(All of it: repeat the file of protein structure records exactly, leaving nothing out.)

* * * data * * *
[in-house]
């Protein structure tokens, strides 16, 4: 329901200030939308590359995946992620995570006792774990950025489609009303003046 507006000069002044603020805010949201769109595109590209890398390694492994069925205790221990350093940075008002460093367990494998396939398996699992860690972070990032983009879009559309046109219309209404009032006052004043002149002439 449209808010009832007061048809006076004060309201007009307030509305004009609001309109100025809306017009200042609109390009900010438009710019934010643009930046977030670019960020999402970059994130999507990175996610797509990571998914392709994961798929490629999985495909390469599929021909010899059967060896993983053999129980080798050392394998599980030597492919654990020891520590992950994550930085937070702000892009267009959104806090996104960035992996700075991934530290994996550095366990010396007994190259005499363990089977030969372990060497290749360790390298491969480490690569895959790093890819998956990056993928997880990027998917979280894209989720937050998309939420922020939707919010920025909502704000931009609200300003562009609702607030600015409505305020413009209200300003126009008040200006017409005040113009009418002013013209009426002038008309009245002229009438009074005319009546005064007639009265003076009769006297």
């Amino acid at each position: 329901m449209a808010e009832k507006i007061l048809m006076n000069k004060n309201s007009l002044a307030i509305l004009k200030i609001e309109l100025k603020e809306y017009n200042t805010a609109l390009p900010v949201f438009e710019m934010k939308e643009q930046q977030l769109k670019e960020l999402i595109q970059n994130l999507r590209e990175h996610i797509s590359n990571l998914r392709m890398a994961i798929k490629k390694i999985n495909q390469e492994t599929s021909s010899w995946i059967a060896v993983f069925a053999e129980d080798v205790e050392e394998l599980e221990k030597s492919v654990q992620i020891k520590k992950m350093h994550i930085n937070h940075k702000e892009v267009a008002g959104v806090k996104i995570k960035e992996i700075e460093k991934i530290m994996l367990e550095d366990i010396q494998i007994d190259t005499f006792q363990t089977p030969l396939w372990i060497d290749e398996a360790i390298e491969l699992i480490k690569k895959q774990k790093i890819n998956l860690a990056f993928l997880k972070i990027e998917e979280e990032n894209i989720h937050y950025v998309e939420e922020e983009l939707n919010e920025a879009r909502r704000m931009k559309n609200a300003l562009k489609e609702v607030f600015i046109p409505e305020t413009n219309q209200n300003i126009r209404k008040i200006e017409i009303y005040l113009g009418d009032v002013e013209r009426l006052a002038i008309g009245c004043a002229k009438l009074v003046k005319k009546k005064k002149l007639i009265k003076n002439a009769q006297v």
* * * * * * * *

[in-house]
């Protein structure tokens, strides 16, 4: 329901200030939308590359995946992620995570006792774990950025489609009303003046 507006000069002044603020805010949201769109595109590209890398390694492994069925205790221990350093940075008002460093367990494998396939398996699992860690972070990032983009879009559309046109219309209404009032006052004043002149002439 449209808010009832007061048809006076004060309201007009307030509305004009609001309109100025809306017009200042609109390009900010438009710019934010643009930046977030670019960020999402970059994130999507990175996610797509990571998914392709994961798929490629999985495909390469599929021909010899059967060896993983053999129980080798050392394998599980030597492919654990020891520590992950994550930085937070702000892009267009959104806090996104960035992996700075991934530290994996550095366990010396007994190259005499363990089977030969372990060497290749360790390298491969480490690569895959790093890819998956990056993928997880990027998917979280894209989720937050998309939420922020939707919010920025909502704000931009609200300003562009609702607030600015409505305020413009209200300003126009008040200006017409005040113009009418002013013209009426002038008309009245002229009438009074005319009546005064007639009265003076009769006297």
């Amino acid at each position: 329901m449209a808010e009832k507006i007061l048809m006076n000069k004060n309201s007009l002044a307030i509305l004009k200030i609001e309109l100025k603020e809306y017009n200042t805010a609109l390009p900010v949201f438009e710019m934010k939308e643009q930046q977030l769109k670019e960020l999402i595109q970059n994130l999507r590209e990175h996610i797509s590359n990571l998914r392709m890398a994961i798929k490629k390694i999985n495909q390469e492994t599929s021909s010899w995946i059967a060896v993983f069925a053999e129980d080798v205790e050392e394998l599980e221990k030597s492919v654990q992620i020891k520590k992950m350093h994550i930085n937070h940075k702000e892009v267009a008002g959104v806090k996104i995570k960035e992996i700075e460093k991934i530290m994996l367990e550095d366990i010396q494998i007994d190259t005499f006792q363990t089977p030969l396939w372990i060497d290749e398996a360790i390298e491969l699992i480490k690569k895959q774990k790093i890819n998956l860690a990056f993928l997880k972070i990027e998917e979280e990032n894209i989720h937050y950025v998309e939420e922020e983009l939707n919010e920025a879009r909502r704000m931009k559309n609200a300003l562009k489609e609702v607030f600015i046109p409505e305020t413009n219309q209200n300003i126009r209404k008040i200006e017409i009303y005040l113009g009418d009032v002013e013209r009426l006052a002038i008309g009245c004043a002229k009438l009074v003046k005319k009546k005064k002149l007639i009265k003076n002439a009769q006297v």